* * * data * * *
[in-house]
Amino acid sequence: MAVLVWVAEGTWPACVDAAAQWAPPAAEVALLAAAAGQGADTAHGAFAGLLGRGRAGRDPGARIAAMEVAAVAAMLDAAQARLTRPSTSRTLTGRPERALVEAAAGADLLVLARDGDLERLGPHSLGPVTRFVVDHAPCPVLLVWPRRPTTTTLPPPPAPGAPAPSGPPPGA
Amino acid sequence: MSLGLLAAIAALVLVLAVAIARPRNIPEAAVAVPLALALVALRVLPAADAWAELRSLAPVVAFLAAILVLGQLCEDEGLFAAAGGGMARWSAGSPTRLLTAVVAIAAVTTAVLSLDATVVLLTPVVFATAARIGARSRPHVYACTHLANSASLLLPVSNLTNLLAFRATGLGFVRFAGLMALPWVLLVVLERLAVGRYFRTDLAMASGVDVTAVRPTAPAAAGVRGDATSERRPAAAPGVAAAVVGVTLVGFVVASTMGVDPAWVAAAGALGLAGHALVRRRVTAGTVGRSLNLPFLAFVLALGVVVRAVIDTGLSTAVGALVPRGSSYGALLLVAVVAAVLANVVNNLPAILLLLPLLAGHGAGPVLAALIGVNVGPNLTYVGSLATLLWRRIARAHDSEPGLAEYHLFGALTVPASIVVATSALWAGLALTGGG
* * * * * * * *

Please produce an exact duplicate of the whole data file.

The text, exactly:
[in-house]
Amino acid sequence: MAVLVWVAEGTWPACVDAAAQWAPPAAEVALLAAAAGQGADTAHGAFAGLLGRGRAGRDPGARIAAMEVAAVAAMLDAAQARLTRPSTSRTLTGRPERALVEAAAGADLLVLARDGDLERLGPHSLGPVTRFVVDHAPCPVLLVWPRRPTTTTLPPPPAPGAPAPSGPPPGA
Amino acid sequence: MSLGLLAAIAALVLVLAVAIARPRNIPEAAVAVPLALALVALRVLPAADAWAELRSLAPVVAFLAAILVLGQLCEDEGLFAAAGGGMARWSAGSPTRLLTAVVAIAAVTTAVLSLDATVVLLTPVVFATAARIGARSRPHVYACTHLANSASLLLPVSNLTNLLAFRATGLGFVRFAGLMALPWVLLVVLERLAVGRYFRTDLAMASGVDVTAVRPTAPAAAGVRGDATSERRPAAAPGVAAAVVGVTLVGFVVASTMGVDPAWVAAAGALGLAGHALVRRRVTAGTVGRSLNLPFLAFVLALGVVVRAVIDTGLSTAVGALVPRGSSYGALLLVAVVAAVLANVVNNLPAILLLLPLLAGHGAGPVLAALIGVNVGPNLTYVGSLATLLWRRIARAHDSEPGLAEYHLFGALTVPASIVVATSALWAGLALTGGG